The algorithm interprets this metric to gauge the mobile accessibility of parks. For individuals with disabilities, particularly those using wheelchairs, navigating constantly ascending and descending terrains can transform a pleasant trip into a challenging ordeal. Parks with lower elevation irregularity metrics are deemed more wheelchair-accessible due to smoother terrain. Conversely, parks with higher metrics may present difficulties, potentially rendering them unsuitable for wheelchair users.

Ultimately, the algorithm categorizes places based on their accessibility, aiding in decision-making for outdoor activities. This multi-step process, from data integration and edge detection to elevation metric calculation and mobile accessibility assessment, provides insights into the terrain's impact on mobile device use within each park's boundaries.

Then, this measure becomes one of dimensions for k-nearest-neighbor algorithm next to other accessibility provisions such as priority parking, vision impairment hints.

If the place has previously been rated, the result that aligns well with user needs emerges at the top of recommendation list.

The project was prototyped using Figma:

Then, partially implemented as a web application available online (see our Homepage).

Government of South Australia, 2022. SATC Public Complaints 2019-20 to 2021-22. [Online]
Available at:

Evidence of Work



Team DataSets

SRTM-derived 1 Second Digital Elevation Models Version 1.0

Description of Use Used to calculate the 'very_steep' metric for the recommendation system and accessibility parks segmentation.

Data Set

Conservation Reserve Boundaries

Description of Use We use it to get parc boundaries coordinates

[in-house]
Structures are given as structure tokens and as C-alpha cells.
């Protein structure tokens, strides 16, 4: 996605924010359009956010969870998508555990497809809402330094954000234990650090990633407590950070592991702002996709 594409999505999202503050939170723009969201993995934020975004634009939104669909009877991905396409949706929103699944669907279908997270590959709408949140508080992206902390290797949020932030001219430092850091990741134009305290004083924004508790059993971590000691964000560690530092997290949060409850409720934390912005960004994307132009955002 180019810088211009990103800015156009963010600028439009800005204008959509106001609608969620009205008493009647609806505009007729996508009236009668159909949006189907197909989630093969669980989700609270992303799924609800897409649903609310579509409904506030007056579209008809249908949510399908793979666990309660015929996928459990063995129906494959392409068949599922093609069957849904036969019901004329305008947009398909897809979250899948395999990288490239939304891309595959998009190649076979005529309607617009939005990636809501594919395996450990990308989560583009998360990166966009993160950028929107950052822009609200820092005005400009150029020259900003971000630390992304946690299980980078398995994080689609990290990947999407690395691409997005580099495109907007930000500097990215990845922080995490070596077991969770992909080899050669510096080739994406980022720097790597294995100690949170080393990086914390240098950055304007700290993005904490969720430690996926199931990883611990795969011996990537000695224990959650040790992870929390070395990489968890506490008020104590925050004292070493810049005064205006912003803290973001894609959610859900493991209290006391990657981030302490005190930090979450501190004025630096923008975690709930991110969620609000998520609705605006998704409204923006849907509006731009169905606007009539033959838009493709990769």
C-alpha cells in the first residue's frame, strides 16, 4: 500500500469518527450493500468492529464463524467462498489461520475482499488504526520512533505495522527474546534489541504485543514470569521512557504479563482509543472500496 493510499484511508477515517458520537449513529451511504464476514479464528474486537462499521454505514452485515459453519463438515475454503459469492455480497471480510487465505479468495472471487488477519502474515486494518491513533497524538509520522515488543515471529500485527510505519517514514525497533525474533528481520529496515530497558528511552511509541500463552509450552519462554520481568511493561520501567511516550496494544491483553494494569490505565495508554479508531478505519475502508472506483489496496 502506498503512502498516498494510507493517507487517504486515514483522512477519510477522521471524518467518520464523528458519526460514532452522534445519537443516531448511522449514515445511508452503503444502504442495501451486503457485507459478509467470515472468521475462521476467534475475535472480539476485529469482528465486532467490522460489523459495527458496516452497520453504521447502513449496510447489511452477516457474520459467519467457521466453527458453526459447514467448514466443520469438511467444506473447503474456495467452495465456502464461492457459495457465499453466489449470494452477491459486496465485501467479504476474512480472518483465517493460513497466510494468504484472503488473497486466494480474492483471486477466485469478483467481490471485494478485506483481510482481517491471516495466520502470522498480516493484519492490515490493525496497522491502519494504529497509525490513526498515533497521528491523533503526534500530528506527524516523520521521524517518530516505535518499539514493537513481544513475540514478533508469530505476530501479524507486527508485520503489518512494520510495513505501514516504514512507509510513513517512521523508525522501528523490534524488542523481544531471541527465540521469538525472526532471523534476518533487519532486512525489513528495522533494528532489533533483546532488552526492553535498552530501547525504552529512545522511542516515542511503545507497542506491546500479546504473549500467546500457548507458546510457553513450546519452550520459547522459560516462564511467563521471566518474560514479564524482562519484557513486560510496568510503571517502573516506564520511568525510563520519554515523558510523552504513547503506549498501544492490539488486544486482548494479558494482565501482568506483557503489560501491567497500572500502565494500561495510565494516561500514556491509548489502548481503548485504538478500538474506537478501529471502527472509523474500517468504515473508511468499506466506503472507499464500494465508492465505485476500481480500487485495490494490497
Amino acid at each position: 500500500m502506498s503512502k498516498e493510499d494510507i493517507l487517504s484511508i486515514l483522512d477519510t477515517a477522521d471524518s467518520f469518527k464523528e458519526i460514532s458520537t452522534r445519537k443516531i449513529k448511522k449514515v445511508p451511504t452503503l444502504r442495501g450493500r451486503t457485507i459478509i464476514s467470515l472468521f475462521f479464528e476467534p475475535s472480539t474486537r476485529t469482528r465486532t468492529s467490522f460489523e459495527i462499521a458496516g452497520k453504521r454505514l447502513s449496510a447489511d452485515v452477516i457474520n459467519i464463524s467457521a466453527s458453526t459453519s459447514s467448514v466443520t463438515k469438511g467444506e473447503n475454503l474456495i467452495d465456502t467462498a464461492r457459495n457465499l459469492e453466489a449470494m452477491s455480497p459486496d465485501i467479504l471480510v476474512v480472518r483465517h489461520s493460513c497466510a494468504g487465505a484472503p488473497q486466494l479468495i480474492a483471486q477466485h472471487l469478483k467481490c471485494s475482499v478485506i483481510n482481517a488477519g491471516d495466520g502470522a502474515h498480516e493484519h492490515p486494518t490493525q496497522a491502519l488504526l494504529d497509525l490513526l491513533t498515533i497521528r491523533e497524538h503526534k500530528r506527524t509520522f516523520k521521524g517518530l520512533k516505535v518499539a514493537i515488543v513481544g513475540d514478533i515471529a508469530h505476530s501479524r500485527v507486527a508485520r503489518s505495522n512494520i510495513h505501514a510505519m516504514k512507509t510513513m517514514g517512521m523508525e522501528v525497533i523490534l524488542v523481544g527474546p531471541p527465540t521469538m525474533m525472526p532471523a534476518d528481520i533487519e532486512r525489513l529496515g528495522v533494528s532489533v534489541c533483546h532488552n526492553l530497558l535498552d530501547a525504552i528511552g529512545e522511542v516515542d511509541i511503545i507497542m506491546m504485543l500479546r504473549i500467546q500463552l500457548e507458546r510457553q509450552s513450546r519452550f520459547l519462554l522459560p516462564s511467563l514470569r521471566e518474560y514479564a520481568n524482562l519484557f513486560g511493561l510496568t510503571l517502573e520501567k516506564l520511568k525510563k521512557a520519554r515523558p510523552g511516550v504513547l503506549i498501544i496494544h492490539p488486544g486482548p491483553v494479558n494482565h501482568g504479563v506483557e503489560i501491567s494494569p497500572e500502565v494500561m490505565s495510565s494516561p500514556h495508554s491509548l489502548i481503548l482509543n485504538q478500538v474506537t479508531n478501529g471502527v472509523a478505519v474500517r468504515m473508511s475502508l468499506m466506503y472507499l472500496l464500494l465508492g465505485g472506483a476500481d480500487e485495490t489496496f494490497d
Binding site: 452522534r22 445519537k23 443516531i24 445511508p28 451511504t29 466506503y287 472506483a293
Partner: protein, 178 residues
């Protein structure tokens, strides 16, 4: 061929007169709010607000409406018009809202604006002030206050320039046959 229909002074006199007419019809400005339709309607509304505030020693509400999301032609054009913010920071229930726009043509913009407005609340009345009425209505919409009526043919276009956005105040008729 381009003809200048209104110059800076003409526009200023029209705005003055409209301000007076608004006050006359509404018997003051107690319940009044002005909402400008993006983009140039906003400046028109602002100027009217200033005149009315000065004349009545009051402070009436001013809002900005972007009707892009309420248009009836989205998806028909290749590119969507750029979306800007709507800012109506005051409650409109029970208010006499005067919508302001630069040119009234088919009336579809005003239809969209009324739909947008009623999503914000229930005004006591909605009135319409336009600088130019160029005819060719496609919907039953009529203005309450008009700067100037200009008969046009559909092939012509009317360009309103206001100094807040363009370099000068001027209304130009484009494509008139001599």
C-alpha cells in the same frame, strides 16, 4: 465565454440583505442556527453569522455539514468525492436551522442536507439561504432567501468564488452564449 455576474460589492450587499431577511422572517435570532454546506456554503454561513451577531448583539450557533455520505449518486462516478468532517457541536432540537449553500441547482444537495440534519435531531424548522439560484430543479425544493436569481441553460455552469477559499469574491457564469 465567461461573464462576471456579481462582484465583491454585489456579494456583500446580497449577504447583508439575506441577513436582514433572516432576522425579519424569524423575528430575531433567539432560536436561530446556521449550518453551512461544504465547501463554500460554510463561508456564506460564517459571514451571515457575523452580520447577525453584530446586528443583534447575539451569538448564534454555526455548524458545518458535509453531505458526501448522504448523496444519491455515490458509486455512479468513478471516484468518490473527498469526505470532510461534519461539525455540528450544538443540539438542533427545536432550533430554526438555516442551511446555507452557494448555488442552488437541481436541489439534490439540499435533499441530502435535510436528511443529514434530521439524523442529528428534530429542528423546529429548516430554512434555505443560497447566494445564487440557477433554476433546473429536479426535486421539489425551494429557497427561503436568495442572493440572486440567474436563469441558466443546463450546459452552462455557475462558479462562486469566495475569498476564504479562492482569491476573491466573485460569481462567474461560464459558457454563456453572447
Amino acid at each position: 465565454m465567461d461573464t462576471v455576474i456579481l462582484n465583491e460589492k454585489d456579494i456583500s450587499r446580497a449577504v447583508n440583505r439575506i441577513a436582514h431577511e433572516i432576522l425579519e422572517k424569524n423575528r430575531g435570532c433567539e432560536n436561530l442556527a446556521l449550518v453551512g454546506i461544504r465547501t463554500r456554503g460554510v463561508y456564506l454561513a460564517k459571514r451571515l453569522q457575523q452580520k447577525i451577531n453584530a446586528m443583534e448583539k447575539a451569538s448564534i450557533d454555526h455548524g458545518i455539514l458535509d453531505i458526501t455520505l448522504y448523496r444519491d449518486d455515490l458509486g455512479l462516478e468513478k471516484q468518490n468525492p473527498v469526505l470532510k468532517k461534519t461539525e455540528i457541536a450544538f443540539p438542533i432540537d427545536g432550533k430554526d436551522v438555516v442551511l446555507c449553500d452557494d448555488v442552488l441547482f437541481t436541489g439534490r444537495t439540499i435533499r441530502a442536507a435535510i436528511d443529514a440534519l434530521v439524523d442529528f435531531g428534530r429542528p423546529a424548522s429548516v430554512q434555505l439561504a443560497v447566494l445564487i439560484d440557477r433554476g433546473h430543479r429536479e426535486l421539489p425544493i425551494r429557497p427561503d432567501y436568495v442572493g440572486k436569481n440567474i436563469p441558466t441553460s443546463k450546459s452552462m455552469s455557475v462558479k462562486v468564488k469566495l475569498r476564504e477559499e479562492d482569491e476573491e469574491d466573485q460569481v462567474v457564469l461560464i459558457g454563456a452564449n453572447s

Data Set

Australian Tourism Data Warehouse

Description of Use Used to summarise available accessibility facilities at tourist attractions. Contributed to most of the metrics in our web application

Data Set

SATC Public Complaints 2019-20 to 2021-22

Description of Use The dataset has 'Access to services' service delivery section, which contributes to `accessibility_information` attribute in our web application.

Data Set

Challenge Entries

Increase visitor expenditure through Smart Tourism

How can we use digital technology to "upsell" to visitors to South Australia by uncovering additional attractions and experiences and/or extending their stay?

Go to Challenge | 16 teams have entered this challenge.

Generative AI: Unleashing the Power of Open Data

Explore the potential of Generative AI in conjunction with Open Data to empower communities and foster positive social impact. This challenge invites participants to leverage Generative AI models to analyse and derive insights from Open Data sourced from government datasets. By combining the power of Generative AI with the wealth of Open Data available, participants can create innovative solutions that address real-world challenges and benefit communities.

Eligibility: Ethical use of a generative AI in your project and at least one Australian or New Zealand data set.

Go to Challenge | 29 teams have entered this challenge.